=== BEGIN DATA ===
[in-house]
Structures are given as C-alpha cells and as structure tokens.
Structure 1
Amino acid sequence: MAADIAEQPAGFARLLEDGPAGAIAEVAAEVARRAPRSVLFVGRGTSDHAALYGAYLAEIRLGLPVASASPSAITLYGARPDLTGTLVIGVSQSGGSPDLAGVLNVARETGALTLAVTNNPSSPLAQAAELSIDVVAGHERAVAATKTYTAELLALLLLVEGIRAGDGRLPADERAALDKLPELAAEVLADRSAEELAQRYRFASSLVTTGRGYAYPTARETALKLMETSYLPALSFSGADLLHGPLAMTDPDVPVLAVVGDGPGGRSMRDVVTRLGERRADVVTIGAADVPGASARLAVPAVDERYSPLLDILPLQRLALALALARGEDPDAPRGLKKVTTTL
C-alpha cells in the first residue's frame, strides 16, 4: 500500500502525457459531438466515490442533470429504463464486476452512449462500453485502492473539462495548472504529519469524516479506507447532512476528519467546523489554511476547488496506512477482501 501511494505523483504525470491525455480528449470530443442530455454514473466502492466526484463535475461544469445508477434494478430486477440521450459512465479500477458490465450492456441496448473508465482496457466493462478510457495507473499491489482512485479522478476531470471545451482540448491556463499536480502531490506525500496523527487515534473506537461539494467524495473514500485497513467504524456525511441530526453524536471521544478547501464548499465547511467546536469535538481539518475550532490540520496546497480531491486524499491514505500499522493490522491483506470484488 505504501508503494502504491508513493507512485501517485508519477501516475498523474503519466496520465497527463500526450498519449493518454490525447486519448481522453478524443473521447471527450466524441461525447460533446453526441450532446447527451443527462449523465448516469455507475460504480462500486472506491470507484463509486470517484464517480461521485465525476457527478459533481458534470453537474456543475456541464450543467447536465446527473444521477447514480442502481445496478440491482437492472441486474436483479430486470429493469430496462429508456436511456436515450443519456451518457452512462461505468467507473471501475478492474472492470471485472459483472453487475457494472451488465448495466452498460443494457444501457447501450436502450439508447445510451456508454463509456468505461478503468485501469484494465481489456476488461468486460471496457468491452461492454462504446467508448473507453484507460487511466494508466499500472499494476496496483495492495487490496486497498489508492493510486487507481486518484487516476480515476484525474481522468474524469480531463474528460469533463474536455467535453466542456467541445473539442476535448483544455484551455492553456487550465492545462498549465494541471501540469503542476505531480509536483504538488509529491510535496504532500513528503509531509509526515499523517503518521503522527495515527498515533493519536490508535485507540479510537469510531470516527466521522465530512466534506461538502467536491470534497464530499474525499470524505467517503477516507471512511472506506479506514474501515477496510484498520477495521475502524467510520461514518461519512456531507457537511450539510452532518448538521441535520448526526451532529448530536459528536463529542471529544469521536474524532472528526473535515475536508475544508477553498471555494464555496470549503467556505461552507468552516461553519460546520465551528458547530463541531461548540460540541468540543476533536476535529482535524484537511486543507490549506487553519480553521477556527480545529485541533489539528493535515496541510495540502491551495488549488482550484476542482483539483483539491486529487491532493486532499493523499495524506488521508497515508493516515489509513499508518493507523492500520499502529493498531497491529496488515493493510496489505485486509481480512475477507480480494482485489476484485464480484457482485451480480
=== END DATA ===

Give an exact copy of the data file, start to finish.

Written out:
[in-house]
Structures are given as C-alpha cells and as structure tokens.
Structure 1
Amino acid sequence: MAADIAEQPAGFARLLEDGPAGAIAEVAAEVARRAPRSVLFVGRGTSDHAALYGAYLAEIRLGLPVASASPSAITLYGARPDLTGTLVIGVSQSGGSPDLAGVLNVARETGALTLAVTNNPSSPLAQAAELSIDVVAGHERAVAATKTYTAELLALLLLVEGIRAGDGRLPADERAALDKLPELAAEVLADRSAEELAQRYRFASSLVTTGRGYAYPTARETALKLMETSYLPALSFSGADLLHGPLAMTDPDVPVLAVVGDGPGGRSMRDVVTRLGERRADVVTIGAADVPGASARLAVPAVDERYSPLLDILPLQRLALALALARGEDPDAPRGLKKVTTTL
C-alpha cells in the first residue's frame, strides 16, 4: 500500500502525457459531438466515490442533470429504463464486476452512449462500453485502492473539462495548472504529519469524516479506507447532512476528519467546523489554511476547488496506512477482501 501511494505523483504525470491525455480528449470530443442530455454514473466502492466526484463535475461544469445508477434494478430486477440521450459512465479500477458490465450492456441496448473508465482496457466493462478510457495507473499491489482512485479522478476531470471545451482540448491556463499536480502531490506525500496523527487515534473506537461539494467524495473514500485497513467504524456525511441530526453524536471521544478547501464548499465547511467546536469535538481539518475550532490540520496546497480531491486524499491514505500499522493490522491483506470484488 505504501508503494502504491508513493507512485501517485508519477501516475498523474503519466496520465497527463500526450498519449493518454490525447486519448481522453478524443473521447471527450466524441461525447460533446453526441450532446447527451443527462449523465448516469455507475460504480462500486472506491470507484463509486470517484464517480461521485465525476457527478459533481458534470453537474456543475456541464450543467447536465446527473444521477447514480442502481445496478440491482437492472441486474436483479430486470429493469430496462429508456436511456436515450443519456451518457452512462461505468467507473471501475478492474472492470471485472459483472453487475457494472451488465448495466452498460443494457444501457447501450436502450439508447445510451456508454463509456468505461478503468485501469484494465481489456476488461468486460471496457468491452461492454462504446467508448473507453484507460487511466494508466499500472499494476496496483495492495487490496486497498489508492493510486487507481486518484487516476480515476484525474481522468474524469480531463474528460469533463474536455467535453466542456467541445473539442476535448483544455484551455492553456487550465492545462498549465494541471501540469503542476505531480509536483504538488509529491510535496504532500513528503509531509509526515499523517503518521503522527495515527498515533493519536490508535485507540479510537469510531470516527466521522465530512466534506461538502467536491470534497464530499474525499470524505467517503477516507471512511472506506479506514474501515477496510484498520477495521475502524467510520461514518461519512456531507457537511450539510452532518448538521441535520448526526451532529448530536459528536463529542471529544469521536474524532472528526473535515475536508475544508477553498471555494464555496470549503467556505461552507468552516461553519460546520465551528458547530463541531461548540460540541468540543476533536476535529482535524484537511486543507490549506487553519480553521477556527480545529485541533489539528493535515496541510495540502491551495488549488482550484476542482483539483483539491486529487491532493486532499493523499495524506488521508497515508493516515489509513499508518493507523492500520499502529493498531497491529496488515493493510496489505485486509481480512475477507480480494482485489476484485464480484457482485451480480